The Luas extension from Sandyford to Cherrywood was opening. I was saying a few words wearing my hat as Minister of State with responsibility for Smarter Travel and I took the opportunity to reflect as well as look forward.
Back in the 1980s decision makers seemed to feel that new roads could overcome any transportation problem. It was a mad time. In Dublin City, Dublin Corporation (renamed Dublin City Council in the late 1990s) was buying up old buildings left right and centre, knocking them and building roads. Thriving pubs, shops and homes were acquired, de-tenanted and then demolished. I was a student architect back then in UCD and we campaigned against these crazy policies. Meanwhile, in contrast to Dublin, cities elsewhere in Europe were building new tram systems and protecting older neighbourhoods. Cities like Grenoble and Nantes in France had put in place new light rail systems and they were working well. A friend of mine Jerome O’Drisceoil made up button badges with the simple slogan “Trams not Jams” and we gradually made our voices heard. The late Simon Perry in Trinity College exposed the folly of new road building in urban areas, and was an eloquent voice calling for rail investment. Finally the then Government commissioned the Dublin Transportation Initiative Study that led to a study advocating the construction of three light rail lines in Dublin. Two were built and we’re now proposing a Metro and Dart inter-connector that will provide further North-South and East-West links for the Capital.
The Luas Green Line which runs from Stephen’s Green in the City Centre South to Sandyford doubled in length last week. It now runs as far as Cherrywood in Dún Laoghaire-Rathdown. Around 26,000 additional residents live within one kilometre of the new stretch of line. Although some of the line runs through open countryside, most of the land is scheduled for development. At Cherrywood a Strategic Development Zone has been approved by Government under the 2000 Planning Act, and this allows for the fast-tracking of new development. Unlike the development of much of West Dublin where the housing was put in before the public transport, here we’ve put in place a high quality public transport link before many of the new communities are built. I pointed out in my speech at the opening that this was one of the rare examples in Irish planning where we’ve actually put the horse before the cart rather than the other way around. There was criticism at the opening at the lack of Park and Ride facilities being ready, but a large parking facility is due to open early next year at Carrickmines. There’s also a car park planned at Cherrywood, but it has been delayed due to the NAMA taking over loans relating to certain properties there. The lands at Cherrywood are scheduled for development as a new town in future years, so we have to be careful that we don’t take over key sites there on a permanent basis for surface car parking. The Bus/ Luas connections aren’t as good as I would like, and maybe there’s a role for the National Transport Authority to review this and suggest changes. However the 63 bus route now links up with the Luas which should work well. There’s also a role for the Council and the other agencies to improve walking and cycling access to the stops, as well putting in place some decent signage pointing out where the stops are.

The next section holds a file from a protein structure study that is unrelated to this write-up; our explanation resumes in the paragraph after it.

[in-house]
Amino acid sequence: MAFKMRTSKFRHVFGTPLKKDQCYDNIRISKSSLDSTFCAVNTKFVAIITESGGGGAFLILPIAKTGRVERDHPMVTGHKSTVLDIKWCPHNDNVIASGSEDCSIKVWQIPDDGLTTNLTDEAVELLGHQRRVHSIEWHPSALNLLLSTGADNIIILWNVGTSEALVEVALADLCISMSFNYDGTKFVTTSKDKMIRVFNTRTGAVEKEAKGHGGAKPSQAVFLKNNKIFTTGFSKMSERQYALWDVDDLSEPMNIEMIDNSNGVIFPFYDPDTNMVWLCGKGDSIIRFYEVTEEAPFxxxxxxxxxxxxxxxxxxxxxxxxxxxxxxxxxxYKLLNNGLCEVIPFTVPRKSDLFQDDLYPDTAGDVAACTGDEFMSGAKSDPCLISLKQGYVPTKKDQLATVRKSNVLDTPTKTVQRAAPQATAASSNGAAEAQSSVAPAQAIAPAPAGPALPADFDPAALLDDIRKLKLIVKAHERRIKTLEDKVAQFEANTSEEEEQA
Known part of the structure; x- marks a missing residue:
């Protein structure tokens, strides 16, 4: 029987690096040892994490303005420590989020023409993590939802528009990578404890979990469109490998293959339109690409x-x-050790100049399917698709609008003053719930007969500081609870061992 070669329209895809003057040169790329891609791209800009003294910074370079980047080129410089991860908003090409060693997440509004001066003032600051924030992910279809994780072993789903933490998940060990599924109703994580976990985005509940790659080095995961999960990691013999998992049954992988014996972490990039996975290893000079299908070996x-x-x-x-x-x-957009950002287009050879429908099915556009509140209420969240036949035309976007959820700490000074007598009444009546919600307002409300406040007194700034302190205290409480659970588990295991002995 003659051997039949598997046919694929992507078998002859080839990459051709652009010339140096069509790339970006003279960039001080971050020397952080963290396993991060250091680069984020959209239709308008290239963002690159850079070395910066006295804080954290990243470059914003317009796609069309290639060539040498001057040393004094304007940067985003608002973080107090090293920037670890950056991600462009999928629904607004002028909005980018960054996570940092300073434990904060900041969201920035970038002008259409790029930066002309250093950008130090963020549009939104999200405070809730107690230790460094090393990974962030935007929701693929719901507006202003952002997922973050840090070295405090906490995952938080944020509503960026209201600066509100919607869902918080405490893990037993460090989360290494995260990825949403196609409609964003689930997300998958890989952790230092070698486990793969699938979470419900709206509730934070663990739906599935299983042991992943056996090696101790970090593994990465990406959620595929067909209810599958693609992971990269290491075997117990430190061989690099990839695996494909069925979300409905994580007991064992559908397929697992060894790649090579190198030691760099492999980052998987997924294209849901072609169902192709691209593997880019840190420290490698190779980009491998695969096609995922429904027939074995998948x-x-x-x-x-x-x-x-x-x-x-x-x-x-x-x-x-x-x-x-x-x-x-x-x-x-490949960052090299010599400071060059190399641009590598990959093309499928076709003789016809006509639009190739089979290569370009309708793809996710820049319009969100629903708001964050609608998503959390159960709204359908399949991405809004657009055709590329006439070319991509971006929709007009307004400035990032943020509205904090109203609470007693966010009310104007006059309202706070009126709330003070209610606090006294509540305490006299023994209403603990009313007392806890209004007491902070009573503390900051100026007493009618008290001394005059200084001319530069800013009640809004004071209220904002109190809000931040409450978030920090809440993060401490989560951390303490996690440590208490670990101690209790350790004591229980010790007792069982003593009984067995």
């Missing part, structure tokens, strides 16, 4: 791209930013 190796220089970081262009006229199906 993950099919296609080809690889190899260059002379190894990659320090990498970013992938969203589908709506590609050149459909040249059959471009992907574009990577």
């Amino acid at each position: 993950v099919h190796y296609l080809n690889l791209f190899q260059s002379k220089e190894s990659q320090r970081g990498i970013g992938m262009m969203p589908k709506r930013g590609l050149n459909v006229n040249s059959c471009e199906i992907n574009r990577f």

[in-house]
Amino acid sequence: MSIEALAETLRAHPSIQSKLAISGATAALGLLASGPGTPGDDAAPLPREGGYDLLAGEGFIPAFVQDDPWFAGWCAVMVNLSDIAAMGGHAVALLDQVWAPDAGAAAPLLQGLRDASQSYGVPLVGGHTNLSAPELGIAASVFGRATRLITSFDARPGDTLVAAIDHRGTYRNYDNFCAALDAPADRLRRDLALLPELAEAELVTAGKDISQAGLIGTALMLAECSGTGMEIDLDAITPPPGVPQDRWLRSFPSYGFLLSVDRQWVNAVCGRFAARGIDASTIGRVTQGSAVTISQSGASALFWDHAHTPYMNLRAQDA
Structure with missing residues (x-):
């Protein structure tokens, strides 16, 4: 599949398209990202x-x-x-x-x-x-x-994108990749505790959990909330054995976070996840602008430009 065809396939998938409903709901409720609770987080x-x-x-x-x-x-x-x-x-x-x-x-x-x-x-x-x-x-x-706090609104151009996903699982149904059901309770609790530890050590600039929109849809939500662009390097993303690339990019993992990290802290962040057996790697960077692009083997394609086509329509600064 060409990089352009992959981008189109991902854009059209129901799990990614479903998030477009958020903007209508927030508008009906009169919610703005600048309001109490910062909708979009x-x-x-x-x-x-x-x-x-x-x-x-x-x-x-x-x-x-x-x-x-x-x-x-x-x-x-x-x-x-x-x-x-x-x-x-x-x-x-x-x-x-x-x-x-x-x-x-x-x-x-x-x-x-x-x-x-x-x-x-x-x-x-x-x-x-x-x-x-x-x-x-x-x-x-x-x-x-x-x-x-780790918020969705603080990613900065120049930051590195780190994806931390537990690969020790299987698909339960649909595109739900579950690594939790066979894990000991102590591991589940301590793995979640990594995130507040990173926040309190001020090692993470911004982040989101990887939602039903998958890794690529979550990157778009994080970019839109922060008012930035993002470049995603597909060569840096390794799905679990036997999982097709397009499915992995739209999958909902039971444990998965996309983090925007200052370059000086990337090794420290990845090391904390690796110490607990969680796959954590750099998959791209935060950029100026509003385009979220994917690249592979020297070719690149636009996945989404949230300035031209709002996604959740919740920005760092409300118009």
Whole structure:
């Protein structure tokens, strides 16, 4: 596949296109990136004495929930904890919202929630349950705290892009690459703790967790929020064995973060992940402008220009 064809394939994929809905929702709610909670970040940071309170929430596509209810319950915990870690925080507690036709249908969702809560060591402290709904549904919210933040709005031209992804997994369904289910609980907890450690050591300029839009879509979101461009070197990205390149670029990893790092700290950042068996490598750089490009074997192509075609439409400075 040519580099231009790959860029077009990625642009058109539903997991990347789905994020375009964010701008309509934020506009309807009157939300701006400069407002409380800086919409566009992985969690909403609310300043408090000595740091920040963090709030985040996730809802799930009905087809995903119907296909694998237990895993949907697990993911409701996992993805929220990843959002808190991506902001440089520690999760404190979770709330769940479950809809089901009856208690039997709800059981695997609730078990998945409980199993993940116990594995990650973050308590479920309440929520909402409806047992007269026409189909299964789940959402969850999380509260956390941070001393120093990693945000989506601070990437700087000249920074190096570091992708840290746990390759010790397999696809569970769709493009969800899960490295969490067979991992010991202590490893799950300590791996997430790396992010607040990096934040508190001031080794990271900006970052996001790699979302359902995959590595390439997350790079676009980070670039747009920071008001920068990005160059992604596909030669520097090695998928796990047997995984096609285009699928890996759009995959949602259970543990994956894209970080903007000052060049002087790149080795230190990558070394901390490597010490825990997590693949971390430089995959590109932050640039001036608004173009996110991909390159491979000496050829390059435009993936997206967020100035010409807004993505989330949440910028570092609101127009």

The opening of this Luas extension was a good day for Smarter Travel, and for Dún Laoghaire-Rathdown. The extension came in at €293 million, under the €324 million approved budget. The project has created and is sustaining ‘Green Collar” jobs at every skill level from cleaners to line managers. A journey on the Luas requires one tenth the energy of a car, and that all helps tackle climate change.
Looking ahead, I’m working on the next step of extending the line as far as Shankill and Bray. Bride’s Glen is the last stop on the line, and Loughlinstown Hospital lies just across the old stone rail viaduct that spans the Shanganagh River that runs through the glen after which the stop is named. The alignment of the old Harcourt Street Railway line is still there, and although one or two buildings were allowed to straddle the line it would be comparatively easy to acquire the lands and put the line back in place. Ideally the Metro Project would eventually run between Swords and Bray, creating a backbone along which the city could develop over the next hundred years. I finished up my few words at the opening by quoting from Daniel Burnham –the American planner who produced the Chicago Plan in the nineteenth century. He stated:
“Make no little plans, they have no courage to stir men’s blood and probably will not be realised. Aim high in life and work, remembering that a noble, logical diagram, once recorded will never die, but long after we are gone will be a living thing, asserting itself with ever-growing insistency.
Remember that our sons and grandsons will do things that would stagger us. Let your watchword be order and your beacon beauty, think big.”
If you remove Burham’s gender bias, I think you’ve a decent enough quote that can guide the proposals for the Metro and the Dart Interconnector . In tandem with the right planning and development decisions they have the capacity to change the face of Dublin for the better over the next hundred years.